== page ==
But they also want to be one of us. They aspire to a more relaxed lifestyle in a country they see as free, tolerant, multicultural and democratic.
"Gone are the days when most Chinese immigrants to Australia were driven solely by the desire to make money," says Karin Maeder, a UNSW masters student who will reveal her research findings at the International Geographical Union conference in Brisbane today.
The findings are based on 117 questionnaires and further discussions with Chinese nationals from Nanjing and Shanghai who have applied to immigrate to Australia.
They said their perceptions of Australians were most informed by television, the Internet, books and friends. The Opera House, the Harbour Bridge, beaches, coral reefs and farmland were among their most common perceptions of the Australian landscape.
"Historically, Chinese immigrants to Australia were explicitly driven by economic motives but today they have more social and environmental interests," says Maeder. "This contradicts the idea that Chinese immigrants are uniformly hard working, thrifty people whose goals are incompatible with an Australian way of life."
"Their perception that Australia has a warm climate heightened the impression that it is a comfortable place to live, making it attractive as a retirement destination," says Ms Maeder. "When they spoke about their motives for migration to Australia they indicated that the perceived laziness of Australians was desirable.
"Rather than being a negative quality, the opportunity to be lazy, or more relaxed about life, is precisely what they wanted. They felt that there were too many pressures in China and life was too focused on survival in the over-crowded and polluted cities."
In case anyone is offended by these perceptions, Chinese immigrants also view Australians as a frank, open, hospitable, tolerant, sporty, healthy, egalitarian people who know how to balance work with the pursuit of happiness and enjoyment. "Australians are more approachable (and) usually have brighter smiles," one study participant said.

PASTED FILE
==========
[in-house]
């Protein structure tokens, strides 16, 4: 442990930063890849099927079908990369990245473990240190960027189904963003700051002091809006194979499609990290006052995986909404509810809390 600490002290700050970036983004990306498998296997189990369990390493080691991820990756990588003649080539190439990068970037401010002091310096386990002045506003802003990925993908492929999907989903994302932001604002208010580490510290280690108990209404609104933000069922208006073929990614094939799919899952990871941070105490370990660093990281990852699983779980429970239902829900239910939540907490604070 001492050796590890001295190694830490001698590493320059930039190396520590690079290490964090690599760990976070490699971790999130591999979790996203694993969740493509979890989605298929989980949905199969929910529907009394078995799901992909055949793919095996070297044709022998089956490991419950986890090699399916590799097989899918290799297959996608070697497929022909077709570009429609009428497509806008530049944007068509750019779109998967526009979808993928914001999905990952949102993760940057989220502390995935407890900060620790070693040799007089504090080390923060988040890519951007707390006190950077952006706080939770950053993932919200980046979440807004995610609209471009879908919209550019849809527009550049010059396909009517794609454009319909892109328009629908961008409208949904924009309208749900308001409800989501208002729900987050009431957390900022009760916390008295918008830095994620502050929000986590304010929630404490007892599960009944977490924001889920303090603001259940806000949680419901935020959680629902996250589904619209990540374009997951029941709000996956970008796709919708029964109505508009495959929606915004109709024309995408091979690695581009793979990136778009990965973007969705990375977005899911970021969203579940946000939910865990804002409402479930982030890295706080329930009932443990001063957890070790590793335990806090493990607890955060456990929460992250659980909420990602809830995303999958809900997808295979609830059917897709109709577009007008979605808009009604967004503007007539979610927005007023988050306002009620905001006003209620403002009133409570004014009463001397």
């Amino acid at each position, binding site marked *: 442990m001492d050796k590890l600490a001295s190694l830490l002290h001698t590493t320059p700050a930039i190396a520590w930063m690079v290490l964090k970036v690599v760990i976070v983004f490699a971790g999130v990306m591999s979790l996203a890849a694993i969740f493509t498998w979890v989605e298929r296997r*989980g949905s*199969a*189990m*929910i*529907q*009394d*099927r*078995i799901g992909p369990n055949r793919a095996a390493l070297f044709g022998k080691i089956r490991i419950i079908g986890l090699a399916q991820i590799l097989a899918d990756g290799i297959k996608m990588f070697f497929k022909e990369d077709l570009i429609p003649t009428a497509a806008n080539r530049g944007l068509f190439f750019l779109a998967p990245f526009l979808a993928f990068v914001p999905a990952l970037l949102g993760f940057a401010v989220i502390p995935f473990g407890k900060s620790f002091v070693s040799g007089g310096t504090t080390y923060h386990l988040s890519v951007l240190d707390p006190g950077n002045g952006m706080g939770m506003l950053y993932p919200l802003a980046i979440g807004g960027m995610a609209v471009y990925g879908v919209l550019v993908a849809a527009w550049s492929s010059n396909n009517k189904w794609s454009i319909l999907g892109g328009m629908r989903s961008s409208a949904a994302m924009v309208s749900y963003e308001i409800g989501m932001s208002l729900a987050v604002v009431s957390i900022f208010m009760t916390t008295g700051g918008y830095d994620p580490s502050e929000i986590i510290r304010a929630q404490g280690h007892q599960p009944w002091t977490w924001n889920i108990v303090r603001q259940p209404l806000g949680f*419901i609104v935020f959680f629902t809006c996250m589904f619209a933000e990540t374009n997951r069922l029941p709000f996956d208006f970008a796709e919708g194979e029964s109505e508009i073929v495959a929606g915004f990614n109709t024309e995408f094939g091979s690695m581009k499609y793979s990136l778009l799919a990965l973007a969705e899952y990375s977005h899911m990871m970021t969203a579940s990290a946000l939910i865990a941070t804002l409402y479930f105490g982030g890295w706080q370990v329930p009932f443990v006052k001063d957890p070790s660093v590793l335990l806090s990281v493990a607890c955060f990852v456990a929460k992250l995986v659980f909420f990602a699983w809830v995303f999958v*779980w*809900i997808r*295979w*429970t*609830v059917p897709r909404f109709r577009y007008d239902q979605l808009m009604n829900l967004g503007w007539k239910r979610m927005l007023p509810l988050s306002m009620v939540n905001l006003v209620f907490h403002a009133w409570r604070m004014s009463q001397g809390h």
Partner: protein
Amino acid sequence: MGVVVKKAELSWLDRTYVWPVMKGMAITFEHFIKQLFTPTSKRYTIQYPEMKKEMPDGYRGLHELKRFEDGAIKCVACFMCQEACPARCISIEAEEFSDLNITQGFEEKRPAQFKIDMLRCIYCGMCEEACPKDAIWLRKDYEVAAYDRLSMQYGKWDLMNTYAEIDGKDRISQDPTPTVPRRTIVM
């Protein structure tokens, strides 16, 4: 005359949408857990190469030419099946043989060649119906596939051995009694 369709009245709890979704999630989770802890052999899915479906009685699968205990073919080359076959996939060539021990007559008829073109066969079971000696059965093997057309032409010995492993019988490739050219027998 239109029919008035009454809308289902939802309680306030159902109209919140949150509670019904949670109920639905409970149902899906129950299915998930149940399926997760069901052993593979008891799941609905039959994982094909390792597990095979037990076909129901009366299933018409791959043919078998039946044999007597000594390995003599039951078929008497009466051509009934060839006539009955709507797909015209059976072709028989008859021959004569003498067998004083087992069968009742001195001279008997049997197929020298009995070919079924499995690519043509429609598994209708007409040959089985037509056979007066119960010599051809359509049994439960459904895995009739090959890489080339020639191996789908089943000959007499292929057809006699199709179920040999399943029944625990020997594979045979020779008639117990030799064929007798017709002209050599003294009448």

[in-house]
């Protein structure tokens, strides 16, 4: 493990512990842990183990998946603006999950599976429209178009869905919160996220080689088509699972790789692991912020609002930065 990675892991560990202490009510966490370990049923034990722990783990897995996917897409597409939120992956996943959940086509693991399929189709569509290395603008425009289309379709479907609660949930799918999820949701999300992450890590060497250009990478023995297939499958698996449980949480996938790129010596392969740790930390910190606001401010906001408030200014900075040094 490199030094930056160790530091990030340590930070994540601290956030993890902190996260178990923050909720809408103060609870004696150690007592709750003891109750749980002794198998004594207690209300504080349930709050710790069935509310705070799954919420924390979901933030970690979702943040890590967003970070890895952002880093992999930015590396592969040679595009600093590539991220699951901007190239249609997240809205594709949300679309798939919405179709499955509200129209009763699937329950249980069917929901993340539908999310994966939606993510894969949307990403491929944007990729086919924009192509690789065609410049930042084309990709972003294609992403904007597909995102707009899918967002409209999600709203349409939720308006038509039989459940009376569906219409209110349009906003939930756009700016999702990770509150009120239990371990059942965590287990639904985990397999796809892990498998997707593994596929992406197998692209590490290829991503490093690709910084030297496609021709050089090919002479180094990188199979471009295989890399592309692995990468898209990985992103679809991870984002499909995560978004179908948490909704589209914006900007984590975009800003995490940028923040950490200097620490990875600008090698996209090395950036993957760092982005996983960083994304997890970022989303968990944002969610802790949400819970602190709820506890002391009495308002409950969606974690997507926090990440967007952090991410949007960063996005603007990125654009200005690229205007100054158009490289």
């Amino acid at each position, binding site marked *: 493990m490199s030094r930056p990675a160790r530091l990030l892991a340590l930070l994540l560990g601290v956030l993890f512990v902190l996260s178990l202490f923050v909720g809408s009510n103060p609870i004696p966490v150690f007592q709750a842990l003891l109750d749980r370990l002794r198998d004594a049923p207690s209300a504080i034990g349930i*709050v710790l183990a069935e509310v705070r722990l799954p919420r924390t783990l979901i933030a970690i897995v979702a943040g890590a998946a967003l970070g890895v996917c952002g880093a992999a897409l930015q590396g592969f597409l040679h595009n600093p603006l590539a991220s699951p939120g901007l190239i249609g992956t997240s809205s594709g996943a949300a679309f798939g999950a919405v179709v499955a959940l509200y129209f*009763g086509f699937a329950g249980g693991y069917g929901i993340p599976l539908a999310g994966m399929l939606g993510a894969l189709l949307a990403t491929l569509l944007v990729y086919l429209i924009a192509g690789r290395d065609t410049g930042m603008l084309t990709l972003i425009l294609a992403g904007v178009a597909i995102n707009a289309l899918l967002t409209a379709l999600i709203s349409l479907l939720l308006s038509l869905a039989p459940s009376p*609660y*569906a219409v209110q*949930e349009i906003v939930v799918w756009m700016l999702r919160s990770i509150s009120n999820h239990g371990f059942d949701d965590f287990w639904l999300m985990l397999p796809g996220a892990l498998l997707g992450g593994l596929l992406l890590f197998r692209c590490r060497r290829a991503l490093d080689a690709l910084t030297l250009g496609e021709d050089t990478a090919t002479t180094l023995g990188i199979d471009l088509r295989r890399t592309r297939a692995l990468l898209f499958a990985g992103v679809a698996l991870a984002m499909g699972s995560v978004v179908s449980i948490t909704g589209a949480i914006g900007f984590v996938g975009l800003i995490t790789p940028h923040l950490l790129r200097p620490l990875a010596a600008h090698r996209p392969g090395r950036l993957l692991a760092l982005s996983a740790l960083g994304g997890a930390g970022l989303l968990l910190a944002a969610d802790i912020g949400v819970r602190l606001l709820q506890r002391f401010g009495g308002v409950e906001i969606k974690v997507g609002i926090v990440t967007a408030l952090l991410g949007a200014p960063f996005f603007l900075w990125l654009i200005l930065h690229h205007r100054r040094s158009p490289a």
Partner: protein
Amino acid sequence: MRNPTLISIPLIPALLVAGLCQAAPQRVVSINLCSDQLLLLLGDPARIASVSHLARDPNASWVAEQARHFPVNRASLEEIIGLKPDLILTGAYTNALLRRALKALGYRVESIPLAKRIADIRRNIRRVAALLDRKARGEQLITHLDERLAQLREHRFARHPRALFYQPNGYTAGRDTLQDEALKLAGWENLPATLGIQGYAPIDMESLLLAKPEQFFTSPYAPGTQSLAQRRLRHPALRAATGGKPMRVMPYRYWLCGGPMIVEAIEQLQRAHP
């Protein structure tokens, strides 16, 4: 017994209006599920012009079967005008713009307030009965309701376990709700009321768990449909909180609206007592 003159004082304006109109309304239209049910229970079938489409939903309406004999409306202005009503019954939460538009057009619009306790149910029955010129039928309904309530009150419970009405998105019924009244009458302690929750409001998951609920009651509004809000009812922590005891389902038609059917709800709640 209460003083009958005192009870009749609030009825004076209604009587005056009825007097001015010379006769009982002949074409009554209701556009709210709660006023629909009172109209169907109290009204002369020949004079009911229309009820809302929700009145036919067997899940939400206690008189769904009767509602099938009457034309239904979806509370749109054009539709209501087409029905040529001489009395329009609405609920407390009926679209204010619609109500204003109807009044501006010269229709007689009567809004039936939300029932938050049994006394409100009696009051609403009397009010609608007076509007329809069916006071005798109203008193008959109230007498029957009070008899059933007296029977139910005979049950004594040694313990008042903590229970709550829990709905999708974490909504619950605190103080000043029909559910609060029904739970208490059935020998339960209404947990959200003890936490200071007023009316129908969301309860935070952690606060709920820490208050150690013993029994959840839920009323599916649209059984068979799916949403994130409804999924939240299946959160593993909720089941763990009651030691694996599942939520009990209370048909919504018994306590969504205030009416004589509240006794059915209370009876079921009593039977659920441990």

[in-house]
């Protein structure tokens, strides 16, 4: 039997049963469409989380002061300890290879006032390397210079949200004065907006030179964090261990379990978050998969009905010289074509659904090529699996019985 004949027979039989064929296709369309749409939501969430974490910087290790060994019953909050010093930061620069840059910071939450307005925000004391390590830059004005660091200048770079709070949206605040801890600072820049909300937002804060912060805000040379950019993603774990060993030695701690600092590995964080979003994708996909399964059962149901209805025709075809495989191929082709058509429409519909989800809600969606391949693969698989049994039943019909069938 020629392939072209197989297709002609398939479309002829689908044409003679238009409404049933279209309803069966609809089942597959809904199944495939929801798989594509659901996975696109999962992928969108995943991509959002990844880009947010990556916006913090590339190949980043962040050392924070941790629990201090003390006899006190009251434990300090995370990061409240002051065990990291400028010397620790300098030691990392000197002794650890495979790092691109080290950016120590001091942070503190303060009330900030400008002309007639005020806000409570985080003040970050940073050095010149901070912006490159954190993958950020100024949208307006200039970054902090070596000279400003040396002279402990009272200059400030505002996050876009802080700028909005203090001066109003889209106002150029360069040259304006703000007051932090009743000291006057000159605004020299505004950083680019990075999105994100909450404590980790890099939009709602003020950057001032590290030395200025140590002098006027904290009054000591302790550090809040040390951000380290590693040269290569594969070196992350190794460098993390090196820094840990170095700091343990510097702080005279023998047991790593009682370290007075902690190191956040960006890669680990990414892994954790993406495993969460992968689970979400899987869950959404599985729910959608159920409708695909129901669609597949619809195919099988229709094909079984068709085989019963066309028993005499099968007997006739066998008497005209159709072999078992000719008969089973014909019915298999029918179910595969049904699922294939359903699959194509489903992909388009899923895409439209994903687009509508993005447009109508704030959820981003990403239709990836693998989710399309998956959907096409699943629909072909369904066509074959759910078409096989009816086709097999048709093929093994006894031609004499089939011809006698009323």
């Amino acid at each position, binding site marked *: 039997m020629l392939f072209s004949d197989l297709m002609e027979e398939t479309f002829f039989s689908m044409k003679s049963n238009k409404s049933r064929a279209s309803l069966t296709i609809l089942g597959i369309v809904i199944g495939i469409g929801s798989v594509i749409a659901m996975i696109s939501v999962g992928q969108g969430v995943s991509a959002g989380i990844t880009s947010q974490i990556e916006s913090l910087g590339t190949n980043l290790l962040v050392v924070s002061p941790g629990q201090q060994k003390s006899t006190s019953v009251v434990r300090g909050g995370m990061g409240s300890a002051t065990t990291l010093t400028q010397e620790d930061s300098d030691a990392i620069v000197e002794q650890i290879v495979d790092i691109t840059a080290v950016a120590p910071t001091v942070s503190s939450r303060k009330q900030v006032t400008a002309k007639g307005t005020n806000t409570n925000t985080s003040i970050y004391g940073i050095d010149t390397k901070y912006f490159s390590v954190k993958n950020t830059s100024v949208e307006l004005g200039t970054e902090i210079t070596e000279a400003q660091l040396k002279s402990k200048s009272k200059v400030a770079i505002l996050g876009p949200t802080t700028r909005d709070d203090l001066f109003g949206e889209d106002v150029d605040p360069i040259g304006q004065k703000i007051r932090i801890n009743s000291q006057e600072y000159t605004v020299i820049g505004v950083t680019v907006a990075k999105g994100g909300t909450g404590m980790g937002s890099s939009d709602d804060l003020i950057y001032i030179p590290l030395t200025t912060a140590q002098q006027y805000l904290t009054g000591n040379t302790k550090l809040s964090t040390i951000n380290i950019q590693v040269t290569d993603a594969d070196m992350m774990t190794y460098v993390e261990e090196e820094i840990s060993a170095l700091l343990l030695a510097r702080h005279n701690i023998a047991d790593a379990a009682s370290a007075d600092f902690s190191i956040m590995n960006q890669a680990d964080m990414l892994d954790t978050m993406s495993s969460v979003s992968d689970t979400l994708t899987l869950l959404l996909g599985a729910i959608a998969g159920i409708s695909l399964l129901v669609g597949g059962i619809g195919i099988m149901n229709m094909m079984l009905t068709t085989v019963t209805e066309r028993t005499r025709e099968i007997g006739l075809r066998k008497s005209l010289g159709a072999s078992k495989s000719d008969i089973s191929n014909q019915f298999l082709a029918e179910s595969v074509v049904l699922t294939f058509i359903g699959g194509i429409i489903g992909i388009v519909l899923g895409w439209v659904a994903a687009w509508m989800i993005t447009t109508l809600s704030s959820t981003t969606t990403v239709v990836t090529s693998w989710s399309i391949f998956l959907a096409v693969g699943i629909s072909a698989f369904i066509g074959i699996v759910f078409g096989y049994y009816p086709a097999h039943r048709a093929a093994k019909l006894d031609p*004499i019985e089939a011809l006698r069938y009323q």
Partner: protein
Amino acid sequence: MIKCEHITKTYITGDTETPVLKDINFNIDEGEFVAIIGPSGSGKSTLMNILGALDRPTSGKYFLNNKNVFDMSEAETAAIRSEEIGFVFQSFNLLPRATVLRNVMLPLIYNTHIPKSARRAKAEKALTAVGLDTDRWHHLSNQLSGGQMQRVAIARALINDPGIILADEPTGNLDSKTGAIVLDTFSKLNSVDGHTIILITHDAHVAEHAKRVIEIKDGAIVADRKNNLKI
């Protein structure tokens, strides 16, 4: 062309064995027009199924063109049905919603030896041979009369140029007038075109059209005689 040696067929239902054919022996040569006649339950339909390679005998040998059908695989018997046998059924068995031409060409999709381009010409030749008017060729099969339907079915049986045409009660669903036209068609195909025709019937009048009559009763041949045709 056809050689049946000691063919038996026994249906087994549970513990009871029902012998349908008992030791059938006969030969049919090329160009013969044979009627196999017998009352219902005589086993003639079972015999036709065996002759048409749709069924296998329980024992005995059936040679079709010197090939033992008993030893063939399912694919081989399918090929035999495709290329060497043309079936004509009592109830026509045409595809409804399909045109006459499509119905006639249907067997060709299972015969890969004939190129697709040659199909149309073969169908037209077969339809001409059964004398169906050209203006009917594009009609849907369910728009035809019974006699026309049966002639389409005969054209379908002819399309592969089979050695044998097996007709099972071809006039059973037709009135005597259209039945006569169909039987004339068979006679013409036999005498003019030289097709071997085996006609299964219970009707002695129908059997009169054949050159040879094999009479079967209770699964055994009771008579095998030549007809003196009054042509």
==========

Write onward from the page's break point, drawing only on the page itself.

Dan Gaffney | EurekAlert!
Internet use in class tied to lower test scores
16.12.2016 | Michigan State University
Geographers provide new insight into commuter megaregions of the US
01.12.2016 | Dartmouth College
Yersiniae cause severe intestinal infections. Studies using Yersinia pseudotuberculosis as a model organism aim to elucidate the infection mechanisms of these...
Researchers from the University of Hamburg in Germany, in collaboration with colleagues from the University of Aarhus in Denmark, have synthesized a new superconducting material by growing a few layers of an antiferromagnetic transition-metal chalcogenide on a bismuth-based topological insulator, both being non-superconducting materials.
While superconductivity and magnetism are generally believed to be mutually exclusive, surprisingly, in this new material, superconducting correlations...
Laser-driving of semimetals allows creating novel quasiparticle states within condensed matter systems and switching between different states on ultrafast time scales
Studying properties of fundamental particles in condensed matter systems is a promising approach to quantum field theory. Quasiparticles offer the opportunity...
Among the general public, solar thermal energy is currently associated with dark blue, rectangular collectors on building roofs. Technologies are needed for aesthetically high quality architecture which offer the architect more room for manoeuvre when it comes to low- and plus-energy buildings. With the “ArKol” project, researchers at Fraunhofer ISE together with partners are currently developing two façade collectors for solar thermal energy generation, which permit a high degree of design flexibility: a strip collector for opaque façade sections and a solar thermal blind for transparent sections. The current state of the two developments will be presented at the BAU 2017 trade fair.
As part of the “ArKol – development of architecturally highly integrated façade collectors with heat pipes” project, Fraunhofer ISE together with its partners...
At TU Wien, an alternative for resource intensive formwork for the construction of concrete domes was developed. It is now used in a test dome for the Austrian Federal Railways Infrastructure (ÖBB Infrastruktur).
Concrete shells are efficient structures, but not very resource efficient. The formwork for the construction of concrete domes alone requires a high amount of...
10.01.2017 | Event News
09.01.2017 | Event News
05.01.2017 | Event News
18.01.2017 | Materials Sciences
18.01.2017 | Information Technology
18.01.2017 | Ecology, The Environment and Conservation